Cyburbia is a friendly big tent, where we share our experiences and thoughts about urban planning practice, the built environment, planning adjacent topics, and anything else that comes to mind. No ads, no spam, and it's free. It's easy to join!
While I am not the biggest fan of Downtown Malls, Pioneer Place in Portland had a lot to do with bringing retail back into the center city. It does not shut out the city, rather it is integrated into the city amazingly well. It really is well designed architecturally and is site-specific. I stress that it is not the run-of-the-mill suburban mall. Compare it with Salem, Oregon's (50 miles south of portland) downtown mall which also supposedly revitalized downtown. There is practically no windows onto the street here, however, and too many skybridges mean that you walk from the garage to the shops without taking a step outside.
The City of Milwaukee, WI is currently trying to save its downtown mall, the Grand Avenue Mall. In recent years the big anchor stores have pulled out and now they are converting those areas to condos and office space. They are also giving big incentives to the remaining anchor. It's a very unique mall...part old, part new.
The City of Green Bay, WI is also trying to save its downtown mall, the Port Plaza Mall. While these examples do not show success (yet), you may get lots of good info. on the problems they have encountered, how they are trying to identify what is killing these malls, and what they propose to do about it.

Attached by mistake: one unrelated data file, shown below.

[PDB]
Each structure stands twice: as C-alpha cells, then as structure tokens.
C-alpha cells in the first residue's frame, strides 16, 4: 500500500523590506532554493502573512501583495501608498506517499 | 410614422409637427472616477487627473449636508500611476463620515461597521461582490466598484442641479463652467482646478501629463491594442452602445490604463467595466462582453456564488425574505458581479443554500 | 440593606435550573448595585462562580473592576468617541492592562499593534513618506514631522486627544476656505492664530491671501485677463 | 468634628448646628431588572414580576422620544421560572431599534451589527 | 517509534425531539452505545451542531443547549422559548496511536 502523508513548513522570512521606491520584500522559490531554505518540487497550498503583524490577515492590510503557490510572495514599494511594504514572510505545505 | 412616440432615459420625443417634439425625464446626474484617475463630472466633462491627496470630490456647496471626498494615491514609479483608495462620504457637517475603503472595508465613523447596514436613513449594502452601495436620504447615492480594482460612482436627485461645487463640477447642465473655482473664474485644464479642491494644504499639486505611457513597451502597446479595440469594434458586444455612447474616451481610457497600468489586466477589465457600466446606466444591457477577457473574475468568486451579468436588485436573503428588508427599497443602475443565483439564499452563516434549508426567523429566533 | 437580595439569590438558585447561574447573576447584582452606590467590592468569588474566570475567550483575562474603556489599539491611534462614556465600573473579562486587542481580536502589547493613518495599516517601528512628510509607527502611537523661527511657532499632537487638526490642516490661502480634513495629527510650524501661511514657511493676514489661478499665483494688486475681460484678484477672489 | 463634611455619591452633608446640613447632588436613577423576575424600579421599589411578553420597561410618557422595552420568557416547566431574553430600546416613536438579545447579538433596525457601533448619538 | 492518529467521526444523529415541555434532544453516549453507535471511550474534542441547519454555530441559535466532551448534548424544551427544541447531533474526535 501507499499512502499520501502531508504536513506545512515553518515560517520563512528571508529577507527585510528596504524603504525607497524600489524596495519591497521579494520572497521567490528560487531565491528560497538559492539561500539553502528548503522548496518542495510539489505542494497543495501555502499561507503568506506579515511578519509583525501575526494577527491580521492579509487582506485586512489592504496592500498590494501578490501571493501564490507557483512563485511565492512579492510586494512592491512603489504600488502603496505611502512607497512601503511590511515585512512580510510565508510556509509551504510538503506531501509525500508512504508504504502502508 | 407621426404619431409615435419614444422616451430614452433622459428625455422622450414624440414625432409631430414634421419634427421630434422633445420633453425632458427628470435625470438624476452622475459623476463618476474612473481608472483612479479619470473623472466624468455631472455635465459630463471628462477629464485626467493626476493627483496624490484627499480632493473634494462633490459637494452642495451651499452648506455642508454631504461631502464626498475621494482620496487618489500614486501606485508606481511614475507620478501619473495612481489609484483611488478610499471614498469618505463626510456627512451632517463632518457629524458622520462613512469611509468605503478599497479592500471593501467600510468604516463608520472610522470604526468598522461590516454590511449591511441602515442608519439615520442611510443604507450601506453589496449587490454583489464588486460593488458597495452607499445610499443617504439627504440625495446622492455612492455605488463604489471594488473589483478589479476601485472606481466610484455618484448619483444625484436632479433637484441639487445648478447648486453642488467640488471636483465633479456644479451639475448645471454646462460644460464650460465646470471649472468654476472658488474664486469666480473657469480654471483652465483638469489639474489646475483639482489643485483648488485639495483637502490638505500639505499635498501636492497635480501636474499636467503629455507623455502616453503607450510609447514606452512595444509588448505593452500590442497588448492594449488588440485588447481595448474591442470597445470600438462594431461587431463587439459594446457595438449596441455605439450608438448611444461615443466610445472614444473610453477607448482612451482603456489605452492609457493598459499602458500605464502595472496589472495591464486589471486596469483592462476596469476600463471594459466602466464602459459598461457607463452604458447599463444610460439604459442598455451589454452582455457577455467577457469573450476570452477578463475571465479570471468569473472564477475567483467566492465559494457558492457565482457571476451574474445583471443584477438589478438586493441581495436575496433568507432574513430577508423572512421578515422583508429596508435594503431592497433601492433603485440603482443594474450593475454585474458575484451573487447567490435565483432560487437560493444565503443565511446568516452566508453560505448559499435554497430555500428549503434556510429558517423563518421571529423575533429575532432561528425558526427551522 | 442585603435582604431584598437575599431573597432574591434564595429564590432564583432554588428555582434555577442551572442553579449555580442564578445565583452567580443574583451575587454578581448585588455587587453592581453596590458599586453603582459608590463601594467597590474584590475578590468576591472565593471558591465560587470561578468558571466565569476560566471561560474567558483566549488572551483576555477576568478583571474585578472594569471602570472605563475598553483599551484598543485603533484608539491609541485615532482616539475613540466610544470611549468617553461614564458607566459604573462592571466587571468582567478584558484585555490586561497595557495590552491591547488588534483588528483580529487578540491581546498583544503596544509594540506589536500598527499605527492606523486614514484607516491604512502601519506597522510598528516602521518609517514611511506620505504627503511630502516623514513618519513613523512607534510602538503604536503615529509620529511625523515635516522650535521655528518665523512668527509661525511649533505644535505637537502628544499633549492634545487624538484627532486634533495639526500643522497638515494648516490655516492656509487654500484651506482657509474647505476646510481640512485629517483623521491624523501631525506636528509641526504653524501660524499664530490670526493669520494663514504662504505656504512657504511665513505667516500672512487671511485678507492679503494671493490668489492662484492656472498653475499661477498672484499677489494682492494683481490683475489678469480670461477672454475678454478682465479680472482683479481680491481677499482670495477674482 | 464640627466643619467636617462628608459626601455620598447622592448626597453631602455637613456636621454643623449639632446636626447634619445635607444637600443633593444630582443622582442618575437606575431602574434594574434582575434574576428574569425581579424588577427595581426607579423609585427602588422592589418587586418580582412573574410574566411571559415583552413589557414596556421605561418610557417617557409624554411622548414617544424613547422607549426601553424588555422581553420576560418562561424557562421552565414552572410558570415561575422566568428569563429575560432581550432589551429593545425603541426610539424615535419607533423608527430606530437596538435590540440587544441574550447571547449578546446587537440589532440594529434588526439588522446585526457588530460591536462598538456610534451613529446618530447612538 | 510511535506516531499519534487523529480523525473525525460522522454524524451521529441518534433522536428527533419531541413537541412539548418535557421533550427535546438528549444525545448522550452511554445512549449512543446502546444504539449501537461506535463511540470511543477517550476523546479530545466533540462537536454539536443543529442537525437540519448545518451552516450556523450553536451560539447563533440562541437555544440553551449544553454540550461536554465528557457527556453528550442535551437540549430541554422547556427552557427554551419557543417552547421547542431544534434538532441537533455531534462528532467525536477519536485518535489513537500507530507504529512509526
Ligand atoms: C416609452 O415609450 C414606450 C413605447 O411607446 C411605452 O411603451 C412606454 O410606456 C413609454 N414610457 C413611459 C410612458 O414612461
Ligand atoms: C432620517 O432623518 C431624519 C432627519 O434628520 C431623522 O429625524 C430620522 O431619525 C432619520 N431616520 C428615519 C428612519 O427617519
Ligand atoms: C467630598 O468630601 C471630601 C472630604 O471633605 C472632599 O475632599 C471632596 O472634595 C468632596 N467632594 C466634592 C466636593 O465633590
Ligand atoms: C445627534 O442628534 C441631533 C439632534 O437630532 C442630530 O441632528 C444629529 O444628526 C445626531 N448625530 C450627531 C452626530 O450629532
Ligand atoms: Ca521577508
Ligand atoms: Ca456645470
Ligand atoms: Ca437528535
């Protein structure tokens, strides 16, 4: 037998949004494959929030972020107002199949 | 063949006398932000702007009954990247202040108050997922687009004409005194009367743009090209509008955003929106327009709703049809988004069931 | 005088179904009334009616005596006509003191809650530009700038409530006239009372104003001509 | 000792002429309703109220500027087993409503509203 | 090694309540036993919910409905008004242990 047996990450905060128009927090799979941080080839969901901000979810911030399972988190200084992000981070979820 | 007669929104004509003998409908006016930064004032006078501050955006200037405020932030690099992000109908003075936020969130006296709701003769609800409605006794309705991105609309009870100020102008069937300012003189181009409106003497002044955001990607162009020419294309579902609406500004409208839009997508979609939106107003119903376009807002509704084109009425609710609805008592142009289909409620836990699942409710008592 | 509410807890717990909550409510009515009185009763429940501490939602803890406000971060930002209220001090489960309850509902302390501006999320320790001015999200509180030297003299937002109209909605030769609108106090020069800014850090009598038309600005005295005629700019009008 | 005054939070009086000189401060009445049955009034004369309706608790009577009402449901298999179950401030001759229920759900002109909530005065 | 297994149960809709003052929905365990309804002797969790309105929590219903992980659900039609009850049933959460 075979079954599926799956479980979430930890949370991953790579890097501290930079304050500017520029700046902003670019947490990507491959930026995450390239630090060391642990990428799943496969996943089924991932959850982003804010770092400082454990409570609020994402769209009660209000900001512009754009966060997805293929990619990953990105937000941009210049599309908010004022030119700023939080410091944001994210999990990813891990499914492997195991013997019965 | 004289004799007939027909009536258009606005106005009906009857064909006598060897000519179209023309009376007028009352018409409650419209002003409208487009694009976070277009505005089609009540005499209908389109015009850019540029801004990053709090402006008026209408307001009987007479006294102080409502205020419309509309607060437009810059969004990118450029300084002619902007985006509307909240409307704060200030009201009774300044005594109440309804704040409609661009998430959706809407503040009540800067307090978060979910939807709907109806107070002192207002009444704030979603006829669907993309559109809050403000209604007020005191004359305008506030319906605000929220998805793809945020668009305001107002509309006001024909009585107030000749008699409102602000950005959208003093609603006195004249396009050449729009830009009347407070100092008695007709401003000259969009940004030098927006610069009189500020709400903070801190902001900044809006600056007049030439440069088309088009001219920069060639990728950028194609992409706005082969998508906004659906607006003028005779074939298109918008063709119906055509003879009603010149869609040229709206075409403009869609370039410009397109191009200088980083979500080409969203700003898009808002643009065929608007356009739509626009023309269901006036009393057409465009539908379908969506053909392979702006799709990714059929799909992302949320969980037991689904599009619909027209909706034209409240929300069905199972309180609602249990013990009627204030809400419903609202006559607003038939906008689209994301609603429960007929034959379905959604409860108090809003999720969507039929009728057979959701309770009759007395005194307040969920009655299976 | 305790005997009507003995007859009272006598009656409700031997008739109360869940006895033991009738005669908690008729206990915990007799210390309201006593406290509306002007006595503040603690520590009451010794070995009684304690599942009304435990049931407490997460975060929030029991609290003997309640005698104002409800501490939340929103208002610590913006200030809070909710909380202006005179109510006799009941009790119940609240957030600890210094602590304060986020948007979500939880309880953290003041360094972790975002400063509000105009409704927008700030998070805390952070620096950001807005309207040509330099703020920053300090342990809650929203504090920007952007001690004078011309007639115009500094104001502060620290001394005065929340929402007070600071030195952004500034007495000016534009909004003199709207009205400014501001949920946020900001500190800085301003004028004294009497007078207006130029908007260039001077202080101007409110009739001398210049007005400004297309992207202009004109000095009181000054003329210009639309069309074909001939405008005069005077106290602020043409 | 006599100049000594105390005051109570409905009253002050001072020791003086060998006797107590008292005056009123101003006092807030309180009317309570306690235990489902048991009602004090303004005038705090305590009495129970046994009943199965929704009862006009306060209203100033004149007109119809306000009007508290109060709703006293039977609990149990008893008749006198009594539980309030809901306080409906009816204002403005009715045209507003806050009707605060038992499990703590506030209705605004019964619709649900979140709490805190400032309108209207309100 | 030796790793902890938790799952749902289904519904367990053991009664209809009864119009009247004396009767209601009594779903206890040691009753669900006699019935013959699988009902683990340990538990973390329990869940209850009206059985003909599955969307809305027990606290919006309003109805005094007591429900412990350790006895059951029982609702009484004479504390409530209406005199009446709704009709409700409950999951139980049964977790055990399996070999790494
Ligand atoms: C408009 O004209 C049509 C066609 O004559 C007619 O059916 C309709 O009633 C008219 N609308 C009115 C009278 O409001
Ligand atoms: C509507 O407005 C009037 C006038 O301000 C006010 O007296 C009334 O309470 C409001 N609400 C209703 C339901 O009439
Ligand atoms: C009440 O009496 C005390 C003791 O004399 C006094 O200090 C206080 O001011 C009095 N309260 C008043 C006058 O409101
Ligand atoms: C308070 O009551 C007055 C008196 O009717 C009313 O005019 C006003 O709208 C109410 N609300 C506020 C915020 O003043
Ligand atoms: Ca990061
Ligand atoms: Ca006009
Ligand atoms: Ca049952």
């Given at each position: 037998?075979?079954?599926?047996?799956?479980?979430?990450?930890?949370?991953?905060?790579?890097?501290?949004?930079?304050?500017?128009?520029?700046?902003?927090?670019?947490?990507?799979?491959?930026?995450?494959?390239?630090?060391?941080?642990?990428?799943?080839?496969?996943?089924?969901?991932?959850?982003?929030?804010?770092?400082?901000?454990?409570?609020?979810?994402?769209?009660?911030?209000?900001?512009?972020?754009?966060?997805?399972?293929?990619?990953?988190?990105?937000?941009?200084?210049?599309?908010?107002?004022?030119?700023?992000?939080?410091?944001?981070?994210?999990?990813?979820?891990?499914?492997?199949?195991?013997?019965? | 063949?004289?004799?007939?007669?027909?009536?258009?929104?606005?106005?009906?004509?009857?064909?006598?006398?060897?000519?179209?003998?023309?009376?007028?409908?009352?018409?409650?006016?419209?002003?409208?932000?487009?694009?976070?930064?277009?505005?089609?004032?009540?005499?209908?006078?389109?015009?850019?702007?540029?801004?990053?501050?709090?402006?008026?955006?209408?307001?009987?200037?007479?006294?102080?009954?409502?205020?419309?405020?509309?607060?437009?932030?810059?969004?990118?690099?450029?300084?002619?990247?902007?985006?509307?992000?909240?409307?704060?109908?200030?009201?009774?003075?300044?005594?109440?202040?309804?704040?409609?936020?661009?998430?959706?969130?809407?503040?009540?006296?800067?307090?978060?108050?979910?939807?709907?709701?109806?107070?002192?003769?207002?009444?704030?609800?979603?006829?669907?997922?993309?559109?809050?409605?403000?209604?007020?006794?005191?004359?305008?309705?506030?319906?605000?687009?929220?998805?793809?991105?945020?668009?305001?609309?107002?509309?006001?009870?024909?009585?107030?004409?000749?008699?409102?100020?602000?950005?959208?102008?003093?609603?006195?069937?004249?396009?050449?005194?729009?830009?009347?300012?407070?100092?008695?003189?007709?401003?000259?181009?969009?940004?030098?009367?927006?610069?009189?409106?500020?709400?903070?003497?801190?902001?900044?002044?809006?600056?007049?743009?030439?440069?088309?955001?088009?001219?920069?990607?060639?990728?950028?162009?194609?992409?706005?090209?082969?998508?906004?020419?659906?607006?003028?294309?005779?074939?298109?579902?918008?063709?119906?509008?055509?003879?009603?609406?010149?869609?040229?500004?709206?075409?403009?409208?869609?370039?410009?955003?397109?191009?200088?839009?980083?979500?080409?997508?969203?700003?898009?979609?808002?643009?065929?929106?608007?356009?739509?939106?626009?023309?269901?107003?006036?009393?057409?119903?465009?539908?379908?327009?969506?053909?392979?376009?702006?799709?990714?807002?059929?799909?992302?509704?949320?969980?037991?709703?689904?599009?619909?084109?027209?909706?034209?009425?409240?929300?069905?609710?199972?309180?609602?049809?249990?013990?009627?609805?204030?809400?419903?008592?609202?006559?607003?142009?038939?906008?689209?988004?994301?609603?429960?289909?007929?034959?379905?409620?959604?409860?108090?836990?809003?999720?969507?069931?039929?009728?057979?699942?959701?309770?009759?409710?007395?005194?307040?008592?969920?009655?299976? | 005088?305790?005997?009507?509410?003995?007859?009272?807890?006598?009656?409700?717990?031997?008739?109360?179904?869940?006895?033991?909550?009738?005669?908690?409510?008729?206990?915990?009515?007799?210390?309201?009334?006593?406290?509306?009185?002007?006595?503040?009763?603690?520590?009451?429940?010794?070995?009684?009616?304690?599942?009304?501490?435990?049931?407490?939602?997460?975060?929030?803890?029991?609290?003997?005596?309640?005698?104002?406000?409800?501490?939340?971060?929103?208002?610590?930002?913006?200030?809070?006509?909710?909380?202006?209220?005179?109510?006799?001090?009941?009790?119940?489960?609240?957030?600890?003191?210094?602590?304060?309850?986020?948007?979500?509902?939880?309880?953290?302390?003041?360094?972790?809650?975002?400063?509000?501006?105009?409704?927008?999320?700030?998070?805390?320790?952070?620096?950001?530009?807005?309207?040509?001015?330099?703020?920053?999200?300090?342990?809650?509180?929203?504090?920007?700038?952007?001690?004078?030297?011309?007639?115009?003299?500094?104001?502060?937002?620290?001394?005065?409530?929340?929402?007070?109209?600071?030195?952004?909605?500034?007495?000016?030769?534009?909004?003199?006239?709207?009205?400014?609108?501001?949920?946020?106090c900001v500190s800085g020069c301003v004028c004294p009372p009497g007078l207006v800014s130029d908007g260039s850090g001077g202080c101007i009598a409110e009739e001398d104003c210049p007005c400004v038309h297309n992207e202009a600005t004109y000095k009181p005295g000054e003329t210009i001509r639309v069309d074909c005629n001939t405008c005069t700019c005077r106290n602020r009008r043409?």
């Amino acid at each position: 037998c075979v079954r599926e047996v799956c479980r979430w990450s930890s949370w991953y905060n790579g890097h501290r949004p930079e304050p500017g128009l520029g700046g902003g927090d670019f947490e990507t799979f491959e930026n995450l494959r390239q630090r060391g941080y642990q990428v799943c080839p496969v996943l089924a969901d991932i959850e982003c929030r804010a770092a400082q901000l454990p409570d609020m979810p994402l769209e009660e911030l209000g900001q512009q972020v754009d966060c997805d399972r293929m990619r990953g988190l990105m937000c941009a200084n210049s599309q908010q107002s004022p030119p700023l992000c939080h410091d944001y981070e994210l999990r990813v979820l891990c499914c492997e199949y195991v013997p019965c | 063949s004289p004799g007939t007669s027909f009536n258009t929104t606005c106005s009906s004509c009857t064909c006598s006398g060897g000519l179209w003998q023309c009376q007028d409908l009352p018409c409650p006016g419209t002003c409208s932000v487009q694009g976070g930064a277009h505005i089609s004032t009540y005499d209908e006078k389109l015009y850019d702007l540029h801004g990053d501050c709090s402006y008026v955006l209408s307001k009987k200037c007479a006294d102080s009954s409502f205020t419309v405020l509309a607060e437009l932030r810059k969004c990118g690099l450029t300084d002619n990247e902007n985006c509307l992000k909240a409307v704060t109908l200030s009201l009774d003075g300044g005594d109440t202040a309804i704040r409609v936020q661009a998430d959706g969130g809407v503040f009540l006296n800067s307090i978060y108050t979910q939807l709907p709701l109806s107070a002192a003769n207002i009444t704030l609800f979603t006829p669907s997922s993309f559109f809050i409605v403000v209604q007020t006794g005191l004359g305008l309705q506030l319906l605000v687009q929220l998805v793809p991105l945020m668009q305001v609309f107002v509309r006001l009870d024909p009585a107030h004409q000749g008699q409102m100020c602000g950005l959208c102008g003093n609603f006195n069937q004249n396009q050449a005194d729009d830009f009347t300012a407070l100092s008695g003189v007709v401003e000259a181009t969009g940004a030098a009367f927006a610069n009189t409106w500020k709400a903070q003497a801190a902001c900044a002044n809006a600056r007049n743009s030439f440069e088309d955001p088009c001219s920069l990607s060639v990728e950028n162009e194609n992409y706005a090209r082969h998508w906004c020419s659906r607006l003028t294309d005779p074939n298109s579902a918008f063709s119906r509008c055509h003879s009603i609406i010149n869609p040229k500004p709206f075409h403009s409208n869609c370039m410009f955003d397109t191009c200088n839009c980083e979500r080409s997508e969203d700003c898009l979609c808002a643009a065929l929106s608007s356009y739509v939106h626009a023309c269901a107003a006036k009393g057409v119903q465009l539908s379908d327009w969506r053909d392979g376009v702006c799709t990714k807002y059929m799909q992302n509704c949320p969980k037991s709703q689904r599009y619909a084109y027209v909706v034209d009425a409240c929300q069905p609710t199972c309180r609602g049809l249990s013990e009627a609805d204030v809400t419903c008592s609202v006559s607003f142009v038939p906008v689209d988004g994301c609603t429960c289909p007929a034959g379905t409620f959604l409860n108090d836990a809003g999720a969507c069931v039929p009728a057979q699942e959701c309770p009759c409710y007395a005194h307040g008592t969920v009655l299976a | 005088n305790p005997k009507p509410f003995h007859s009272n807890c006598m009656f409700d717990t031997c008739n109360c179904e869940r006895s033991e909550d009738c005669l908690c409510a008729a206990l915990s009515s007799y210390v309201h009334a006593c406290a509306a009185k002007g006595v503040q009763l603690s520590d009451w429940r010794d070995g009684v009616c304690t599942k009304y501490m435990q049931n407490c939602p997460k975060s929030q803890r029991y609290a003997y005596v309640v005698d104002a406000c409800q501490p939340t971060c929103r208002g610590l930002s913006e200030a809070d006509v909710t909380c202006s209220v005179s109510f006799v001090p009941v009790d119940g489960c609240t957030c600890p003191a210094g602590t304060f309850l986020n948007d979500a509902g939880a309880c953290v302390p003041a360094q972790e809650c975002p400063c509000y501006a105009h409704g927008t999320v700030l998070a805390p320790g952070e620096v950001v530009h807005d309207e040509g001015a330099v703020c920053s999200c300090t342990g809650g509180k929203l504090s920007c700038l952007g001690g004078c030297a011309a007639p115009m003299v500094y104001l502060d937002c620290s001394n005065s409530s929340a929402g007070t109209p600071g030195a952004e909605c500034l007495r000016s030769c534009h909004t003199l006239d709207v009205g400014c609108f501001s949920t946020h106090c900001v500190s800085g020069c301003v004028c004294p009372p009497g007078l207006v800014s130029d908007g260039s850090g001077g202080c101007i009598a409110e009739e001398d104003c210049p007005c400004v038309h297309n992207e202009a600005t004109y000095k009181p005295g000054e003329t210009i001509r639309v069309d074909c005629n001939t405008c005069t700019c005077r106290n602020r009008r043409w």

City of Napa: Created a pedestrian "paseo" parallel to the traditional "First Street." Very pretty from an architectural standpoint, but not all that economically vital. Similar to the more successful example in Santa Barbara, a larger and much more affluent city.
Walnut Creek and Santa Rosa
Walnut Creek is a classic example of an "Edge City" They have a traditional "Main Street" environment that has remained somewhat successful (with many restaurants). Immediately next to this "Main Street" and directly connected is an outdoor mall anchored by three (I think) department stores. Very pleasant and very successful, with excellent pedestrian spaces, landscaping, and screened parking. The City is steadily improving the downtown area, with older "strip mall" type development being replaced by denser, more urban development (except in the old downtown, though, there is a reliance on national and regional chains, inevitable I guess.
Santa Rosa: Another City with a traditional main street (somewhat tarted up with wavy right-of-way, benches, and trees). There, the mall is a tradional enclosed mall right next to the main street. There is some attempt to integrate the two "sections," but the Santa Rosa Mall cannot disguise the fact that its a regional mall plunked in the center of town. Oh well, at least its not out in some greenfield site.
The best source I know on this subject, although a bit dated now, is the book "Downtown Inc." by Frieden and Sagalyn (1989). This tome provides detailed accounts of the development of a number of downtown malls, including detailed case studies on Horton Plaza (San Diego), Pike's Place market (Seattle), Faneuil Hall (Boston), Plaza Pasadena, and Town Square (St. Paul).
It argues that there has been a shift in the way city officials deal with (retail) development as a reaction to the downtown crisis brought on by commercial decentralization, and that this often includes the public sector taking an active role (via PPPs or otherwise) in getting such projects built.